“When Clinton, something comes up about her emails or a tax plan or a tax credit, I want someone to poke me and say ‘Hey! Actually, she’s been saying this all along, or this is different than what she said, or that’s actually not what those experts agree with,” Kelly said.

Eads noted that this particular style of journalism has the potential to fill in gaps left by social media.

“One thing that you have to be able to be successful these days, is provide a better experience than things like Twitter and Facebook,” Eads said. “And this managed to do that, in a way.”

the future of fact checking

Graves said he hopes the way this election cycle has shaped fact-checking continues.

Even in regular news pieces unrelated to the election, Graves said he’s starting to notice reporters make fact checks more freely. In the past, he said, journalists would refrain from challenging a source within a straight news report out of a fear of being accused of bias.

“There’s no good journalistic argument for repeating a claim in a news story that you know to be false without noting that it’s false,” Graves said. “I think journalistically, that’s indefensible, and we’re seeing a sort of cultural shift to accept that.”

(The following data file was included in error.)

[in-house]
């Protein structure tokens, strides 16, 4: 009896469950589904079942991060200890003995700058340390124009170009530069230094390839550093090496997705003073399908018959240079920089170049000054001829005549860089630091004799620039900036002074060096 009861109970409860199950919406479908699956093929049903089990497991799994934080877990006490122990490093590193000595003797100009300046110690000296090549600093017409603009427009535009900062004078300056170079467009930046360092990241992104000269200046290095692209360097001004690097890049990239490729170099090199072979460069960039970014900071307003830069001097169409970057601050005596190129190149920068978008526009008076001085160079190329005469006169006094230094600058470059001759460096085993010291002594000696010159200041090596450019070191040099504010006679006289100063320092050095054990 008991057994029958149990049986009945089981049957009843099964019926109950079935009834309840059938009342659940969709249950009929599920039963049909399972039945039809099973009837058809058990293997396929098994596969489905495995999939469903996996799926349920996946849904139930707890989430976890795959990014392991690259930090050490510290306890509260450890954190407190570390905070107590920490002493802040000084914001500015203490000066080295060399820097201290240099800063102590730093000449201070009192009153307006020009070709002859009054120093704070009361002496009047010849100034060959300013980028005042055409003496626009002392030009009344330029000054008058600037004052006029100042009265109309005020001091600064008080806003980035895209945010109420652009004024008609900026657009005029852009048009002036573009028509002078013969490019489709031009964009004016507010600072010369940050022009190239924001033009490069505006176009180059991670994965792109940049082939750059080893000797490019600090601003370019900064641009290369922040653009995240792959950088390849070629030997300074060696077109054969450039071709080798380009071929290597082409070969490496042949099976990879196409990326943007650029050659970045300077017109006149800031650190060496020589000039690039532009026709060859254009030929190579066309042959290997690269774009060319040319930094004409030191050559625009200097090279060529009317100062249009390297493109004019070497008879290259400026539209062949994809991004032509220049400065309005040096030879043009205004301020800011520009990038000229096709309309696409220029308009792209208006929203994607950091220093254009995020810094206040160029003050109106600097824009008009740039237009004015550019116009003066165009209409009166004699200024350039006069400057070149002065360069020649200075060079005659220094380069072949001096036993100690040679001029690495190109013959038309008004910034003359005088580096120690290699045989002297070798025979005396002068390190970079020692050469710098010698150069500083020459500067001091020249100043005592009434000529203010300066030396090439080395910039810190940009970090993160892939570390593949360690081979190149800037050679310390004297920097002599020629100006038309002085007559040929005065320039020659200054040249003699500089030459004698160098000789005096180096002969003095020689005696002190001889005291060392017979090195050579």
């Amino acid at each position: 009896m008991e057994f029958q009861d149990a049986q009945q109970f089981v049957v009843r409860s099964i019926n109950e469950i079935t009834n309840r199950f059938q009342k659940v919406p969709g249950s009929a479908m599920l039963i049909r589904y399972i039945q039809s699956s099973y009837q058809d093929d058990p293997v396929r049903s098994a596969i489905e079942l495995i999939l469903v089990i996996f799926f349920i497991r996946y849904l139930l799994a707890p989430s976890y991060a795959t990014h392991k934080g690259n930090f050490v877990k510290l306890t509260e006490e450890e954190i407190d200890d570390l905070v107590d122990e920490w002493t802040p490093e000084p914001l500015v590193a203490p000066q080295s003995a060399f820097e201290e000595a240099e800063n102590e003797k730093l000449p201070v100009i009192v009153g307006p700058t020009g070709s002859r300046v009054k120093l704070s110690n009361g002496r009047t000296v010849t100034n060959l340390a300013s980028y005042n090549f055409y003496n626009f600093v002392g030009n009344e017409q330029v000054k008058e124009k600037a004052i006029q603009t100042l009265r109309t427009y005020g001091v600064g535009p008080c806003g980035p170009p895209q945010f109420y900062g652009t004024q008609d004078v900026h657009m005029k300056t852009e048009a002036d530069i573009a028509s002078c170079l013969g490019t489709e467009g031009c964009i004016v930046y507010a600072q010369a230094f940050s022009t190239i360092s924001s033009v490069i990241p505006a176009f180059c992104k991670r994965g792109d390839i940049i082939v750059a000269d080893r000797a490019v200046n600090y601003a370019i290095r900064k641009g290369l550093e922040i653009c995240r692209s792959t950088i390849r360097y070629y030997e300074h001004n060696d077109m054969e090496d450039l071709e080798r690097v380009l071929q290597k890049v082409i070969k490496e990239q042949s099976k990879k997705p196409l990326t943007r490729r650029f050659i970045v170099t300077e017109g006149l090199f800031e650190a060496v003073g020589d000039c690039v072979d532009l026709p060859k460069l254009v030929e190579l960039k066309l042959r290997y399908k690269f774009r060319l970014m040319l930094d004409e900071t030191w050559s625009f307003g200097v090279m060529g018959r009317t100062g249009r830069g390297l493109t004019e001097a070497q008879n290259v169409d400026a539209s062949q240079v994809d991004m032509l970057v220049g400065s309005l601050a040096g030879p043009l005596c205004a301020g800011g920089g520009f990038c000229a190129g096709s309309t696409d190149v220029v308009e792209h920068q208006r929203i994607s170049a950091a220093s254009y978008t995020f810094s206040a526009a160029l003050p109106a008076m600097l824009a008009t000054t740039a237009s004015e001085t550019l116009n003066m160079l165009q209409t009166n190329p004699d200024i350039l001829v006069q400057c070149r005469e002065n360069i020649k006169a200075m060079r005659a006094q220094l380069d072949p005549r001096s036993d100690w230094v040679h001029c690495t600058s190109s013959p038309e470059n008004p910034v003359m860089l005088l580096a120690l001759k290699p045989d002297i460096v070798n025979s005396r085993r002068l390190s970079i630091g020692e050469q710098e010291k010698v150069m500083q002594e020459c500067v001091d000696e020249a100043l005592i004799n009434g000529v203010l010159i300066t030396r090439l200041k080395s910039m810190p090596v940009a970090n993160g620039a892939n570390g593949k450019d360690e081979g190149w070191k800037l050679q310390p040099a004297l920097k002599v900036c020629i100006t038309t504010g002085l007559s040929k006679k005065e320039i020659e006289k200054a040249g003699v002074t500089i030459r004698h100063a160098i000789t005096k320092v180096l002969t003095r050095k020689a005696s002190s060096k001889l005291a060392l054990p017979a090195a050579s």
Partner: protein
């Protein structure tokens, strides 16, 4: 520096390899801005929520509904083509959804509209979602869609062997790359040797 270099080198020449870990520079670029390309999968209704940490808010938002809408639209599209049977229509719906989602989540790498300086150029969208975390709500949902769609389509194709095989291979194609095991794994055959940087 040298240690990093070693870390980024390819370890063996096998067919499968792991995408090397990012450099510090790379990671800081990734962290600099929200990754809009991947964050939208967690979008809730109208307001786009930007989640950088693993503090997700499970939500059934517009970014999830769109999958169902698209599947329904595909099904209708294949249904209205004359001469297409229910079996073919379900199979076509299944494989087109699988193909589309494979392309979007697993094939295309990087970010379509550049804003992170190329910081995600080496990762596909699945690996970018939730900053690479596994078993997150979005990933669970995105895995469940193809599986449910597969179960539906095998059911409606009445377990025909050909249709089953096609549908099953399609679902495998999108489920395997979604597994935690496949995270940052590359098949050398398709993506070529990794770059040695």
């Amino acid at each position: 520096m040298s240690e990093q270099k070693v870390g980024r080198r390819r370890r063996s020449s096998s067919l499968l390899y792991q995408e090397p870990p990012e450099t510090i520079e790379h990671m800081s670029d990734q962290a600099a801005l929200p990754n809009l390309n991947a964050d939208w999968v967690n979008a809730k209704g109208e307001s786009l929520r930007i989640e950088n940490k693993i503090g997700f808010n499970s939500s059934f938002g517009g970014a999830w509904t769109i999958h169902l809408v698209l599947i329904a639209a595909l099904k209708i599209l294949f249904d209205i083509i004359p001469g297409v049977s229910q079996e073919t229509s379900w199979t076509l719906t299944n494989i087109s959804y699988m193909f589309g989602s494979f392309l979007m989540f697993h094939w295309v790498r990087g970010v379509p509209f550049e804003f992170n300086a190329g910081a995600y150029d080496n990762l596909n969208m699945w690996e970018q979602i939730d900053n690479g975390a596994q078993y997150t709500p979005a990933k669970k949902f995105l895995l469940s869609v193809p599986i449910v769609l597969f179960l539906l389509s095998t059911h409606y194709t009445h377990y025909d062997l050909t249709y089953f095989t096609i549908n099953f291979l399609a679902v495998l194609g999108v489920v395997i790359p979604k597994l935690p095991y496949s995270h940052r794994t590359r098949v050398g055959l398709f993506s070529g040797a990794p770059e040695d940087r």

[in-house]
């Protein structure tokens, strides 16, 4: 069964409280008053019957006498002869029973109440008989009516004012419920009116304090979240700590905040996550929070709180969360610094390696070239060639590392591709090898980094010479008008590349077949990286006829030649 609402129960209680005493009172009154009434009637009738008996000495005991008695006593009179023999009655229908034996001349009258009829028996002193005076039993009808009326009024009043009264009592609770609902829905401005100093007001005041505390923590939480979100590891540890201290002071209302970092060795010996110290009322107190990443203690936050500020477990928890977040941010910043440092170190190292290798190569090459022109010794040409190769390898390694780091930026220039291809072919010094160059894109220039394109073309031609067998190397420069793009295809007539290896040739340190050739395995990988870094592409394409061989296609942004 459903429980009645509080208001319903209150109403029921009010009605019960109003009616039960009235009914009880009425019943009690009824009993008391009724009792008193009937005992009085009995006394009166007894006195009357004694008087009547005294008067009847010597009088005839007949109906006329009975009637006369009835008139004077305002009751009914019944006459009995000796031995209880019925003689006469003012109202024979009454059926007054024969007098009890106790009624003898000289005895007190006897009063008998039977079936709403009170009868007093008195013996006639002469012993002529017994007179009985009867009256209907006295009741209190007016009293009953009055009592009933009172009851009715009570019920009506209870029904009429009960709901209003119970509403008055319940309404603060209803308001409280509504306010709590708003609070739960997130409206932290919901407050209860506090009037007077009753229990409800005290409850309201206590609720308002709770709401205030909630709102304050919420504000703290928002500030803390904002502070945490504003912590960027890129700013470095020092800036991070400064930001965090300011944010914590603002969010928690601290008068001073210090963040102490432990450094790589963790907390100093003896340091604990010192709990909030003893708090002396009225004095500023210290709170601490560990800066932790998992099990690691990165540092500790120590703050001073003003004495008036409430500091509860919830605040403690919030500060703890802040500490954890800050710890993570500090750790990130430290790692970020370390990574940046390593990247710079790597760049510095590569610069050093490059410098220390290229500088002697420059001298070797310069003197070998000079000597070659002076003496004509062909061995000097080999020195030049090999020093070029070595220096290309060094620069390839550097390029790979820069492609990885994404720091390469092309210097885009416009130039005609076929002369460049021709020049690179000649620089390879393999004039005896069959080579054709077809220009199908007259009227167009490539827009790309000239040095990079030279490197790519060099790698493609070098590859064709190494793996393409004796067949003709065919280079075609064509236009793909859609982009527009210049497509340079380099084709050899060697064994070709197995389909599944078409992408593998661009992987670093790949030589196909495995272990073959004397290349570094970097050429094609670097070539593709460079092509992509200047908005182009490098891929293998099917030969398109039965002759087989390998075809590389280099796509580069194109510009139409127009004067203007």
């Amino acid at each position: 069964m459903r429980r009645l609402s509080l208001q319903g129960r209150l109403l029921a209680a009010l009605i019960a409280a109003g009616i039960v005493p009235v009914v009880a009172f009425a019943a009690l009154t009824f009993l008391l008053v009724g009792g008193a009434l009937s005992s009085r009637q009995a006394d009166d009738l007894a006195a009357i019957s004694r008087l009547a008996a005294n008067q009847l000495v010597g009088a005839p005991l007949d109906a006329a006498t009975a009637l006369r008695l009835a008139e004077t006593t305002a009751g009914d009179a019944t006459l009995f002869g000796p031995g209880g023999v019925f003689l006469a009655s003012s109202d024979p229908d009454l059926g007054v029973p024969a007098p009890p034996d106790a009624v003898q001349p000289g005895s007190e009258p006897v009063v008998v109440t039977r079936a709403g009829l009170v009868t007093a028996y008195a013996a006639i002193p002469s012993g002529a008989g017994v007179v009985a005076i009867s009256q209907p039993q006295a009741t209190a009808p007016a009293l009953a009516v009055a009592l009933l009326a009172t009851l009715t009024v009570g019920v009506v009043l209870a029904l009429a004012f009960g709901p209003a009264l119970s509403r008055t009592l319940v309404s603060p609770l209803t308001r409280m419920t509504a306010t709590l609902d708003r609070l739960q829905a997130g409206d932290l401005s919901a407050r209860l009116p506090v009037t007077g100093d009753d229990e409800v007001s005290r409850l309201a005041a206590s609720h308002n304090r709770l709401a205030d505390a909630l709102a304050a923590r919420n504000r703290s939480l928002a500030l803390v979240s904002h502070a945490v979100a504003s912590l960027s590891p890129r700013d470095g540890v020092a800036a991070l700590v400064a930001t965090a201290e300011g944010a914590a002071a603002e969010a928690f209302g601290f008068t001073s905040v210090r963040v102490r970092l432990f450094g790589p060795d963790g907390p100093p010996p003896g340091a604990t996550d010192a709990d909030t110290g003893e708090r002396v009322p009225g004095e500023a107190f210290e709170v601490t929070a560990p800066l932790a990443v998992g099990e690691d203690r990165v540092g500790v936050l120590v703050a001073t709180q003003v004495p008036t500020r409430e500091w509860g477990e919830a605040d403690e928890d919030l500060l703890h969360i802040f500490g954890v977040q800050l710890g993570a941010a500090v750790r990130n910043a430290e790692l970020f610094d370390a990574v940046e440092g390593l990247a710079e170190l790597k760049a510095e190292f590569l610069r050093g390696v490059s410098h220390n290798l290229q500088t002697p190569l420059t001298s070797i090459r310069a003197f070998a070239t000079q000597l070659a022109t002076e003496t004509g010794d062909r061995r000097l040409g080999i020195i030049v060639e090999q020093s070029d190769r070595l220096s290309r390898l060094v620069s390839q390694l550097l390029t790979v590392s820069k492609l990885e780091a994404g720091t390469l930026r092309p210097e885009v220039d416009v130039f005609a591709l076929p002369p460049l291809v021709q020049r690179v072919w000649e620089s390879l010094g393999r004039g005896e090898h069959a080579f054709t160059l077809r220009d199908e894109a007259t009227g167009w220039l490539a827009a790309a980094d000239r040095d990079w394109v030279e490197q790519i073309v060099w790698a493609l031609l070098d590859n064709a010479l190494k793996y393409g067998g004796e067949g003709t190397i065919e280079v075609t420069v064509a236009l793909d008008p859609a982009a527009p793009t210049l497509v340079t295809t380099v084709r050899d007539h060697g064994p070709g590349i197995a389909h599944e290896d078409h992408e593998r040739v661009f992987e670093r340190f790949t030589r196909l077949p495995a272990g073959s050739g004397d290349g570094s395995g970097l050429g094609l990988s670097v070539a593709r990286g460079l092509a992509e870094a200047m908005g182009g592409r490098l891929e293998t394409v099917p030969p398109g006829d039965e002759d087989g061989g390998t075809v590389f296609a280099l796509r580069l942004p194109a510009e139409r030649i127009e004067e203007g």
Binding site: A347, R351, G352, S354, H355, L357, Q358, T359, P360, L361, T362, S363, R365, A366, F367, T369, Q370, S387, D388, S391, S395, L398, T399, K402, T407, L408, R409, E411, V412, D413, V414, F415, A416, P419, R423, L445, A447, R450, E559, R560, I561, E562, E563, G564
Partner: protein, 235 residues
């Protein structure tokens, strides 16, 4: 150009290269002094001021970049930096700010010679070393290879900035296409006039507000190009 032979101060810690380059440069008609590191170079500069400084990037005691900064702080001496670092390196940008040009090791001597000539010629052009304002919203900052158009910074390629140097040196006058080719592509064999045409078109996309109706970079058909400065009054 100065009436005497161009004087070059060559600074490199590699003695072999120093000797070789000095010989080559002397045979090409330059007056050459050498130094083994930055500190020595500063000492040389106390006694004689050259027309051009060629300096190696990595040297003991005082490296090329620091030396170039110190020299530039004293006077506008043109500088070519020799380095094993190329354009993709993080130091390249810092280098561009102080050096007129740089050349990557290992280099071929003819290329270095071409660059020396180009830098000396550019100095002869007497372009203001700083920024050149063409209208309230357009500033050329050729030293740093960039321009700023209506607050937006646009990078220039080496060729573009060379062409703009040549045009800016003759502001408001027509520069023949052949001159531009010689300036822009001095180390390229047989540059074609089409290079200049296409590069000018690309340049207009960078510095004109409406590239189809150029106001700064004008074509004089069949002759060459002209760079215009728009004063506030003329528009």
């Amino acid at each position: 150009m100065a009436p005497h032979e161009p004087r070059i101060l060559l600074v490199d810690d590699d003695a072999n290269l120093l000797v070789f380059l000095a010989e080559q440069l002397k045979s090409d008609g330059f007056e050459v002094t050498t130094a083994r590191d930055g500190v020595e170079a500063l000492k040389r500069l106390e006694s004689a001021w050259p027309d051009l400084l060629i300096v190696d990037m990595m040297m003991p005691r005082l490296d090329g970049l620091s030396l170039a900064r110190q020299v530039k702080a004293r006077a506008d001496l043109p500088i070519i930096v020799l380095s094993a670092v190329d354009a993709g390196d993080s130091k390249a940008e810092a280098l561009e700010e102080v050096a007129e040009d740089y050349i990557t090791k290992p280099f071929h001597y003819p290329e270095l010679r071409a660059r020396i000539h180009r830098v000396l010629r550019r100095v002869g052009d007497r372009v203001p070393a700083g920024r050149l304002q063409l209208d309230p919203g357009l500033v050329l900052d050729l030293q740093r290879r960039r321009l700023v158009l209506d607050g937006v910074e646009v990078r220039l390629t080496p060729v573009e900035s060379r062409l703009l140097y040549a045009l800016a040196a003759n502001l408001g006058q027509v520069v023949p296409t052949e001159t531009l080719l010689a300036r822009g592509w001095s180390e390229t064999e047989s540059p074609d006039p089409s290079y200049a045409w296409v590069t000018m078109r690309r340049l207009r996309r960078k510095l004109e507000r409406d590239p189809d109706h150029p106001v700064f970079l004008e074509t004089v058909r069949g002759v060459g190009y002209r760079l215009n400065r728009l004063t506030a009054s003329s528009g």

As for NPR’s live fact check, he applauded the effort but hopes to see more fact-checking integrated into the debates themselves, either through moderators or video clips.

“If it’s built into the debate format itself,” Graves said. “The candidates themselves are actually confronted with the fact checks.”

Cadence Bambenek is a fellow for the Center for Journalism Ethics. She is a student in the School of Journalism and Mass Communication at the University of Wisconsin-Madison. 

Editing Trump’s words

Last Friday, The Washington Post published video footage from 2005 of Republican presidential candidate Donald Trump making crude remarks about his seemingly unwelcome advances on women.

The reporting following the video’s publication prompted Poynter to take a look at how regulations and editorial decisions led different outlets to either publish Trump’s raw, unedited words, or cleaned up transcripts.

From The Post, to The Guardian, Fox News, and CNN, Poynter broke down each newsroom’s decision to edit’s Trump’s words.

You can read Poynter’s full piece here.